• Reduce funding for the Gaining Early Awareness and Readiness for Undergraduate Programs (GEAR UP) by 10 percent, and funding for Federal TRIO Programs by 33 percent. GEAR UP provides post-secondary preparation and scholarships to low-income and first-generation students and TRIO helps low-income students, first generation students, and students with disabilities progress from middle school to college.
  • Decrease or eliminate federal funds for more than 20 other educational programs including Striving Readers, Teacher Quality Partnership, and International Education programs.

Community Block Grant Programs
The president proposes to eliminate the Community Development Block Grant program through the Department of Housing and Urban Development and the Community Services Block Grant Program through the Department of Health and Human Services which contribute to (among other programs):
  • Free breakfast in New York City public schools, which was recently expanded to serve all 339,000 students at all of the city’s public elementary schools;
  • More than $5 million in job training through the NYC Department of Small Business Services;
  • Summer youth employment funding through NYC Department of Youth and Community Development, which serves approximately 60,000 young New Yorkers each year; and
  • Child care programs through the Administration for Children’s Services

Please read the full White House “budget blueprint” here:

Check out the links below for additional analyses of the President’s budget proposals and information on how his plans could affect young adults in New York City if approved by Congress. 

Find your legislators by zipcode here and let them know how important it is that they protect investments in education and employment for young New Yorkers.

Monday, March 6, 2017

JobsFirstNYC Testifies at NYC Council Preliminary Budget Hearing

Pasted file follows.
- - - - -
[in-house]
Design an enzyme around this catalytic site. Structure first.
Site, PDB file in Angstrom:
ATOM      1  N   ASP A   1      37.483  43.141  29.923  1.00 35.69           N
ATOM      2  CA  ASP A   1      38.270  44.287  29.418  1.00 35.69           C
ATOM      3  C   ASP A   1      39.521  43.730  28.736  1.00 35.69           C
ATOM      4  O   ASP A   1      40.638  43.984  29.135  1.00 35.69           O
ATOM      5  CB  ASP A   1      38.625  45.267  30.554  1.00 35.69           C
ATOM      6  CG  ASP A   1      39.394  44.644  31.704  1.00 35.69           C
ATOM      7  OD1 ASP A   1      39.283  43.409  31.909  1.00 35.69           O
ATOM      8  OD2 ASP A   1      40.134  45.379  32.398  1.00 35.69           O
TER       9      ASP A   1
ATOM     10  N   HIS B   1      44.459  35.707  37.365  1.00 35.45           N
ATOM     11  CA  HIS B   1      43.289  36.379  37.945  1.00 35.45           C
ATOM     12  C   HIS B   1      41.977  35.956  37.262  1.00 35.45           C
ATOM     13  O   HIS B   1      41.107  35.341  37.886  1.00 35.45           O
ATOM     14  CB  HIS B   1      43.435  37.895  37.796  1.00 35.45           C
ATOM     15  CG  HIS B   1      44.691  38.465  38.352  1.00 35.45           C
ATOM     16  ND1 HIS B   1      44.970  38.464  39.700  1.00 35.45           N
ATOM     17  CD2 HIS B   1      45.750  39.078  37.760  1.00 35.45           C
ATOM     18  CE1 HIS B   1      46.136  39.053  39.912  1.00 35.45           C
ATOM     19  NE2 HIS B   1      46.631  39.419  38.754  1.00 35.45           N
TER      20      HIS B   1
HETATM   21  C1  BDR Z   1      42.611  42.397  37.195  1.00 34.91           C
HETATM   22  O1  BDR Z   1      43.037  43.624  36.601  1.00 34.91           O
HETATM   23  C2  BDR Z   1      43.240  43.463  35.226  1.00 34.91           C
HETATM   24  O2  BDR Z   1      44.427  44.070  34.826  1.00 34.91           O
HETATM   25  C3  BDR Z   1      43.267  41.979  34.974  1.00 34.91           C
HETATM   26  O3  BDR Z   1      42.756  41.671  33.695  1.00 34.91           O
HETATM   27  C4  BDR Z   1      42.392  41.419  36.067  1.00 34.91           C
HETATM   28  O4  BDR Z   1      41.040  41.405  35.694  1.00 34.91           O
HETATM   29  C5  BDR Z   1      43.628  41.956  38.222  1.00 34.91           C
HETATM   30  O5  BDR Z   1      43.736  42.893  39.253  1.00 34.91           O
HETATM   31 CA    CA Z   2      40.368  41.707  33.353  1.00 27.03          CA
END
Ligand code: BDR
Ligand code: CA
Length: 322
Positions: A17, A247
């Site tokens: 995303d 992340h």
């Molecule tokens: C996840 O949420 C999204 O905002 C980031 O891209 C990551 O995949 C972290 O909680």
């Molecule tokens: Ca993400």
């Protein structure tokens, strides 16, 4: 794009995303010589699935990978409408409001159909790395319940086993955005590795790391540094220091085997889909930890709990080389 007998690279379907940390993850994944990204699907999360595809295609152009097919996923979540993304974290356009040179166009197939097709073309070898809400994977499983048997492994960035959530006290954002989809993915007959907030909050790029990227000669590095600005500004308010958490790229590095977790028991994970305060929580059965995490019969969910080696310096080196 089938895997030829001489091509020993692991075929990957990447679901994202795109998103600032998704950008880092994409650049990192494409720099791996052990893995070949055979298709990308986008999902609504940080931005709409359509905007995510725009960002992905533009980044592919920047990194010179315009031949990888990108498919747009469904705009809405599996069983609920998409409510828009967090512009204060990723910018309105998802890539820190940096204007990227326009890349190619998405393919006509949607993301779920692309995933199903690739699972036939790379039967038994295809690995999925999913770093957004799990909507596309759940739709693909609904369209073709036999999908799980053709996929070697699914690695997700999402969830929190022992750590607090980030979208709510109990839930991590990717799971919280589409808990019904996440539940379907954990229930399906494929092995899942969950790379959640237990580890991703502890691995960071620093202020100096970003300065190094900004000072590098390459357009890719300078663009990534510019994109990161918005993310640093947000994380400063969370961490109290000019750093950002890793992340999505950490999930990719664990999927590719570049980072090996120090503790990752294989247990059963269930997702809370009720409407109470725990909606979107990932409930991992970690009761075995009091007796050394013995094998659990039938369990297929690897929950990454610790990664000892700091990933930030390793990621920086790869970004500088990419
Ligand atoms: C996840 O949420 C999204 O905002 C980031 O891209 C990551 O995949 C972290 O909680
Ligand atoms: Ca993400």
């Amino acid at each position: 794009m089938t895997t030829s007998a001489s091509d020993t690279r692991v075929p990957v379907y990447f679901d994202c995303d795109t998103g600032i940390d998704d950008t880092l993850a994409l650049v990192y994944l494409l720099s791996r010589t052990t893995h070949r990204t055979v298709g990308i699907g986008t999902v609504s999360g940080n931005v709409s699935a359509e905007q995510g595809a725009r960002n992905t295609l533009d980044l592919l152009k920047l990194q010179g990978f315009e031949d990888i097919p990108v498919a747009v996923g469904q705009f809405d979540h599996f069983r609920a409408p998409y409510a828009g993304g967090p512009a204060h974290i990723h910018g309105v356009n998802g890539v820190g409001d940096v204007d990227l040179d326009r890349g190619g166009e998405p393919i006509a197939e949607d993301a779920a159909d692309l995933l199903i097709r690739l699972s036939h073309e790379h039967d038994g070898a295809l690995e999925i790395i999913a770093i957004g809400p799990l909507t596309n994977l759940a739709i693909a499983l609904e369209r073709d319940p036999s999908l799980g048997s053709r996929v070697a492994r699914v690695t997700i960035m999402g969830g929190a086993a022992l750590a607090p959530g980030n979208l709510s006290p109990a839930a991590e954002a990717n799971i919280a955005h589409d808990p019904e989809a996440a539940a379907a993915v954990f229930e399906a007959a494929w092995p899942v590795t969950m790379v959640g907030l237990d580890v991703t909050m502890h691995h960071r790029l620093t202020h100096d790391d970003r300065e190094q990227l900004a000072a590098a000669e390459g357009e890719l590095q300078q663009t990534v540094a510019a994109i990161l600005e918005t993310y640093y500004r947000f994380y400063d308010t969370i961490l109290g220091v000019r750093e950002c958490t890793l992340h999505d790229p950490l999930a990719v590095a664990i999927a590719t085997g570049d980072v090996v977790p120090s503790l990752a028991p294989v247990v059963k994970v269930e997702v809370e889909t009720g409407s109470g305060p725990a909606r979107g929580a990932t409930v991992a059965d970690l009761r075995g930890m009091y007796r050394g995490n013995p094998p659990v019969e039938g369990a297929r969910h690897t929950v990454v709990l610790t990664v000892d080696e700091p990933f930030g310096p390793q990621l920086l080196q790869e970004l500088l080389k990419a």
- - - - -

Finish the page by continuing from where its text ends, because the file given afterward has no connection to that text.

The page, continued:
Youth Services and Finance Committees Joint Preliminary Budget – March 6, 2017

Good afternoon, Chairpersons Eugene and Ferreras-Copeland, and other distinguished Council Members of the Youth Services and Finance Committees. My name is Chantella Mitchell and I am the Policy and Program Associate at JobsFirstNYC, a policy to practice intermediary focused on the issues of young adults who are out of school and out of work or underemployed.

For ten years, JobsFirstNYC has been developing and supporting innovative strategies to support out-of-school, out-of-work young New Yorkers. We are here today continuing to advocate for this population’s inclusion in the mayor’s and city council’s visions for a more equitable city.

We recently released brand new data on the out-of-school, out-of-work population in New York City. The data show that with improvements in the economy, and through the diligent work of workforce and education providers and advocates, more young people are working and in school since the recession. However, the numbers are still too high, and the disparities among neighborhoods are as stark as ever. More than 136,000 18-24-year-olds are neither working nor in school, and in parts of the South Bronx and Central Brooklyn, where rates are the highest, 30 percent or more of young residents are out-of-school and out-of-work.

Building on our work over the years, JobsFirstNYC recommends two areas of investment to the Youth Services Committee. First, we recommend the creation of a large-scaled “Business for Young New Yorkers” public campaign; and second, we urge you to increase investments in effective training and employment opportunities for living wage careers in under-resourced neighborhoods.